msg.sender contains the address of the user who is calling the constructor( ) by deploying the smart contract.

Step 6

Let’s create a way through which players can pay to participate in the lottery.

receive () payable external { require(msg.value == 0.1 ether,"Pay 0.1 ether only"); players.push(payable(msg.sender)); }
Code language: JavaScript (javascript)

The receive( ) will be called automatically when someone will pay ether to the contract.

Note – The ether will get stored in the contract balance of the smart contract.

external – This is also a visibility specifier just like we have public. Functions having external visibility specifiers are accessible to the outside world but not within the contract.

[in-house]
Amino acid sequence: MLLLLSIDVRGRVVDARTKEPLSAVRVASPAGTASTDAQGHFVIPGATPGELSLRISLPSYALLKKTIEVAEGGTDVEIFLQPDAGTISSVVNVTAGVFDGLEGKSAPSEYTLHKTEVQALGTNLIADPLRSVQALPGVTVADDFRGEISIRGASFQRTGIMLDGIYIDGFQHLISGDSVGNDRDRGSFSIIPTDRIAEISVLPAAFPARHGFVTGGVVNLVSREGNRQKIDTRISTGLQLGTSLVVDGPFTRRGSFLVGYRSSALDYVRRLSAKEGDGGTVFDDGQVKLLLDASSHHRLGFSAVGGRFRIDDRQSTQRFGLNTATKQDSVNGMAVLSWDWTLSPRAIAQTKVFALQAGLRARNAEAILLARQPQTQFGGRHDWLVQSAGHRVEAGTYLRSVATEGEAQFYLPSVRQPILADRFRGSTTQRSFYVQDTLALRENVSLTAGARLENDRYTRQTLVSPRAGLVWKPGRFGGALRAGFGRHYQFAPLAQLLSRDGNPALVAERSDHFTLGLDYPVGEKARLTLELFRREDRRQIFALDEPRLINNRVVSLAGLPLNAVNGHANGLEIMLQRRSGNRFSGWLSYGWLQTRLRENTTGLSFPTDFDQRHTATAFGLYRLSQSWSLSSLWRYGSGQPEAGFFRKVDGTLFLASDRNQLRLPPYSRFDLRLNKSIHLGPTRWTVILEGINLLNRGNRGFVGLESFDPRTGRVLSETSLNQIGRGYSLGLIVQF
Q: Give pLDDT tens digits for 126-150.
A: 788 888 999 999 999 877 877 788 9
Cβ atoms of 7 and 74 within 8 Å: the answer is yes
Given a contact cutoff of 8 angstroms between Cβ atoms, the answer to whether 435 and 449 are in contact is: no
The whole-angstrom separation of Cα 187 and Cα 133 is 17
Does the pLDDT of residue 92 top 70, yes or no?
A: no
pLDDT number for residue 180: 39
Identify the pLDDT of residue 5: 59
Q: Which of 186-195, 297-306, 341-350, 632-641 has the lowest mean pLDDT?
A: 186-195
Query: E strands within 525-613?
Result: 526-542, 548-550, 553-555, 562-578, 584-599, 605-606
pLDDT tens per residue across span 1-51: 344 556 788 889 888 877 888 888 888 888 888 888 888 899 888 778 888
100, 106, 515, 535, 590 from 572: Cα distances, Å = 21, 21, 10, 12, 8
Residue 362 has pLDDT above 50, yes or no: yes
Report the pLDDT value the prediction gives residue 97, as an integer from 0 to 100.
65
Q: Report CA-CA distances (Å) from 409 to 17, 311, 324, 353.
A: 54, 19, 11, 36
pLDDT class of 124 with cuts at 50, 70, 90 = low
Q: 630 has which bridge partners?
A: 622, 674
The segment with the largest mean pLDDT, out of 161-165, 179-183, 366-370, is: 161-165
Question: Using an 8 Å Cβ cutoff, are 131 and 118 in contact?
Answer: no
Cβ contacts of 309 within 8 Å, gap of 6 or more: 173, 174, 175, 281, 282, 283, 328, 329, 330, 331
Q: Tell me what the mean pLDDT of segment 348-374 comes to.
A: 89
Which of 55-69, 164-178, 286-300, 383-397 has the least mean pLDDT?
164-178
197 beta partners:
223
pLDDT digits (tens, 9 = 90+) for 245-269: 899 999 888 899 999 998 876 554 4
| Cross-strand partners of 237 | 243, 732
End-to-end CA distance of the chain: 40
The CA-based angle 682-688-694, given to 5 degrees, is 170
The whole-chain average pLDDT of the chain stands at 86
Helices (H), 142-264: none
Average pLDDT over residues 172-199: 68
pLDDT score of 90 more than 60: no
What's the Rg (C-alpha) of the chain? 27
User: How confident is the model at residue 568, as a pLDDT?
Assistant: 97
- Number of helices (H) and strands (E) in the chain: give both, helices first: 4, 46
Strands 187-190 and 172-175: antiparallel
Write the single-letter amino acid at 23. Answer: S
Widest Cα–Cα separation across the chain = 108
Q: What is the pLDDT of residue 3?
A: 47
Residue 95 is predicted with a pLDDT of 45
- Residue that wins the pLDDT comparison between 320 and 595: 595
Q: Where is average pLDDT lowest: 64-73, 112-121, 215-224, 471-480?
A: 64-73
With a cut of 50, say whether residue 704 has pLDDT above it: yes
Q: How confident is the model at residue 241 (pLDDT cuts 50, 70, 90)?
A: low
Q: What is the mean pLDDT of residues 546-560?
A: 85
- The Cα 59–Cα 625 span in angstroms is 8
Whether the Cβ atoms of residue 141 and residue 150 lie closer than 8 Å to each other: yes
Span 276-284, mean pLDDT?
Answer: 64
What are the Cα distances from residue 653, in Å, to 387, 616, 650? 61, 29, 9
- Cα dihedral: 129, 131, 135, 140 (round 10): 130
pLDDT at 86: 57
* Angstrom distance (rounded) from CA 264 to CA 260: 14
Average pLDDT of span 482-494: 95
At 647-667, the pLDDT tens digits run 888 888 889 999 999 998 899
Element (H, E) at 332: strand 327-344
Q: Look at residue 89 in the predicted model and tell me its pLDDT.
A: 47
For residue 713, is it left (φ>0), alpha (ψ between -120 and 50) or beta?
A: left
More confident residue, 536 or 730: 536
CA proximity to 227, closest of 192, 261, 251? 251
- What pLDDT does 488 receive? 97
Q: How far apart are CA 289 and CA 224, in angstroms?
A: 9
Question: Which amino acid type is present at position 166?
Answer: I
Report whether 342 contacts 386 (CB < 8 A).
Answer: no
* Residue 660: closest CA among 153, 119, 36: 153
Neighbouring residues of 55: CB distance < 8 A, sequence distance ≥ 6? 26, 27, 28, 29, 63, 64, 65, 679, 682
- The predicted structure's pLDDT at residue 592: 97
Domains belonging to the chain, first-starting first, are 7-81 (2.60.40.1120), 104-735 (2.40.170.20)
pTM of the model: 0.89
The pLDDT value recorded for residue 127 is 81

require(condition) – The require the statement will check the condition. If the condition is true then only the below statements will be executed otherwise it will throw an error – “Pay 0.1 ether only” and the transaction will get reverted back.

msg.value – This is a global variable that stores the ether when players will pay.

msg.sender – This is also a global variable that stores the address of the user who is calling the function. In this case, the user who will pay the ether that user address will be stored in the msg. sender.

payable(msg.sender) – We do this to do an explicit conversion of the msg. sender to the payable.

push() – It is a method of the dynamic array. This is to insert the address of the user in the player’s array.

Step 7

Fetch the balance of the smart contract.

function getBalance() public view returns(uint){ require(msg.sender == manager,”You are not the manager”r); return address(this).balance; }
Code language: JavaScript (javascript)